Postsecondary education planning for children in out-of-home care

Year: 2019

Author: Harvey, Andrew, Tootell, Naomi, Wilson, Jacqueline, Mendes, Philip

Type of paper: Abstract refereed

The paper outlines our foundational research conducted to map and analyse postsecondary education planning processes for Victorian children in, and transitioning from, out-of-home care (OOHC). There are 50,000 children in Australian out-of-home care every year, including foster, kinship, and residential care. Research by the authors and others has indicated that only 1-3% of care leavers (i.e. those who transition from out-of-home care) attend higher education, and the educational and broader outcomes of care leavers are extremely poor, including high levels of homelessness and poverty. Improving the emphasis on education planning and pathways within care leaving plans could dramatically improve rates of postsecondary education and contribute to lasting cultural change within the welfare sector.

Previous research has clarified that many Australian children in care do not complete an individual education plan nor a broader ‘leaving care’ plan before they transition to independence, and that such plans are typically not holistic, future-oriented, well-resourced, recorded, analysed, or evaluated (Harvey, McNamara and Andrewartha 2014). Building on that research, our project explored perceptions of major stakeholders around planning, through semi-structured interviews with representatives from the Department of Health and Human Services (DHHS) and Department of Education and Training (DET), welfare agency leaders, and Indigenous organisations such as the Victorian Aboriginal Education Association Inc. (VAEAI).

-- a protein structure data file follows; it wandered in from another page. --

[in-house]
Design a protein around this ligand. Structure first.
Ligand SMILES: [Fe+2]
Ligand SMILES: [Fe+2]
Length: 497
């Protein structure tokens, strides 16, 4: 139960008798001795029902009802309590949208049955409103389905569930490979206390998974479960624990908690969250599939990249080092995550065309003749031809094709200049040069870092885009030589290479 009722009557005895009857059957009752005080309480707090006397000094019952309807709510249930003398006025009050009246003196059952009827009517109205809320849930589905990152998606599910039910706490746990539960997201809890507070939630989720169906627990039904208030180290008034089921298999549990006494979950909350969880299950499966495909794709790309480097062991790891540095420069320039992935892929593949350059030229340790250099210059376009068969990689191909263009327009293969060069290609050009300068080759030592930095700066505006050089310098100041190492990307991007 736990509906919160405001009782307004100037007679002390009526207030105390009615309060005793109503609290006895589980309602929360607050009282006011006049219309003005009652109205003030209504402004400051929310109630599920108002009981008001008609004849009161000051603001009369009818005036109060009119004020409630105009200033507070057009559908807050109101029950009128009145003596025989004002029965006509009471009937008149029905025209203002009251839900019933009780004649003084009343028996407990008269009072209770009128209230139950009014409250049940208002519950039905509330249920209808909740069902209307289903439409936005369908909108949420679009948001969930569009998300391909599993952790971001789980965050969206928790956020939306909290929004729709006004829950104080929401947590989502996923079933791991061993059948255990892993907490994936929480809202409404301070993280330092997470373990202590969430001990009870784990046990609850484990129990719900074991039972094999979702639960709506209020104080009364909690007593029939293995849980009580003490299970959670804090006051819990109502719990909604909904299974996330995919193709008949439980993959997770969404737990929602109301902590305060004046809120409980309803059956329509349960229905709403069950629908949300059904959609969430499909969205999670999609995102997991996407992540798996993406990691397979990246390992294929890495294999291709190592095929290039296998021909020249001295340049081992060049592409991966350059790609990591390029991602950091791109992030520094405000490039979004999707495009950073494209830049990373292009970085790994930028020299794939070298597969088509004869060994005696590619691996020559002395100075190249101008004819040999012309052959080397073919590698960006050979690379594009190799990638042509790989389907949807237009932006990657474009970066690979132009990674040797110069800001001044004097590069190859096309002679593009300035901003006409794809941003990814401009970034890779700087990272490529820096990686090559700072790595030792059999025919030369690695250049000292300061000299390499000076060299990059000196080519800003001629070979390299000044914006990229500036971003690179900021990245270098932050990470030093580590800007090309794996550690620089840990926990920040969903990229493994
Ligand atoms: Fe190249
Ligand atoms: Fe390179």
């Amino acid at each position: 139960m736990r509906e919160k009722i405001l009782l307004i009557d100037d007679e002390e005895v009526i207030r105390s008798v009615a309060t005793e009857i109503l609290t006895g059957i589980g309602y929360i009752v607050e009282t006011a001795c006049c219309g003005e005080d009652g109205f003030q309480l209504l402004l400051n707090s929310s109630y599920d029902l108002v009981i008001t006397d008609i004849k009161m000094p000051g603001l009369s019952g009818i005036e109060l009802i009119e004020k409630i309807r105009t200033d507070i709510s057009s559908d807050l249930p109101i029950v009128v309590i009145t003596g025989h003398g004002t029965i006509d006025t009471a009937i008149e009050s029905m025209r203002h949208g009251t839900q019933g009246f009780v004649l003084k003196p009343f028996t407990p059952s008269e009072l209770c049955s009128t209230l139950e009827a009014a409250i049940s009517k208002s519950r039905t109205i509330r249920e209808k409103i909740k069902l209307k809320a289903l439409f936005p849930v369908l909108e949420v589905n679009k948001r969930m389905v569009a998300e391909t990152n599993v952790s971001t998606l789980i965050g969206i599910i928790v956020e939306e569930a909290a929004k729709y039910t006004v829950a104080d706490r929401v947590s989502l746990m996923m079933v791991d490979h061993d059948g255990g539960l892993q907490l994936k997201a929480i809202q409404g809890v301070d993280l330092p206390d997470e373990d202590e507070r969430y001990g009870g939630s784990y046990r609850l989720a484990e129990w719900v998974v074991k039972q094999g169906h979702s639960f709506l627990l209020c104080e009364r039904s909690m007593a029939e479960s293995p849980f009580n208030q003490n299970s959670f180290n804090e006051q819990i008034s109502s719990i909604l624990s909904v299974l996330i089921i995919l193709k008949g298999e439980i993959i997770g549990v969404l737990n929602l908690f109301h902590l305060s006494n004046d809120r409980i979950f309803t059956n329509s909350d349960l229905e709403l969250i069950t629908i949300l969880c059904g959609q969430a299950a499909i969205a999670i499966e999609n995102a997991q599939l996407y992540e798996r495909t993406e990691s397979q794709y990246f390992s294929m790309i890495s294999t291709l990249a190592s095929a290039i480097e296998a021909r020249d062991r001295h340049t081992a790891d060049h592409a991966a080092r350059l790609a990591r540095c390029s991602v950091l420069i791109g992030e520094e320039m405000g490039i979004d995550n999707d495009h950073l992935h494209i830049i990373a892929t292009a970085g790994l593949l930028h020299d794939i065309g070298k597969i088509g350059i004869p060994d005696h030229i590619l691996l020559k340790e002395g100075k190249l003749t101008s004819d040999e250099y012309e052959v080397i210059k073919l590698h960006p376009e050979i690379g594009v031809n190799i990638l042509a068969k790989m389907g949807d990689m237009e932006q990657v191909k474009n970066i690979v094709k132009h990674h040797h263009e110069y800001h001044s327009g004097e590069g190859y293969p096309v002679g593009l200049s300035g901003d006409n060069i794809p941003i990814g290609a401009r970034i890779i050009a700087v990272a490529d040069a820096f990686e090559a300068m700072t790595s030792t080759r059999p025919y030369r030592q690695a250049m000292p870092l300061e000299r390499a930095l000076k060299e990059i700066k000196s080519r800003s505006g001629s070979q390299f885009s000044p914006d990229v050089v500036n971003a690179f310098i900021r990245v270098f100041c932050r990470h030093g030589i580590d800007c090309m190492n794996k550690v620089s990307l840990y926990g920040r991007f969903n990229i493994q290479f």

The interviews explored the accountabilities of carers, social workers and related staff, and the extent to which children in care are actively involved in the formulation of postsecondary education planning. Through the interviews we sought to understand the existing formal planning processes, and to identify the major barriers to, and opportunities for, effective education planning.

Research revealed substantial differences between theoretical implementation and the reality of how planning is conducted on the ground; the need for transition planning to be considered within the broader policy context, including the proposed extension of state support for some care leavers through to the age of 21; and the need for a stronger emphasis on postsecondary education and prioritising the voices of young people in care.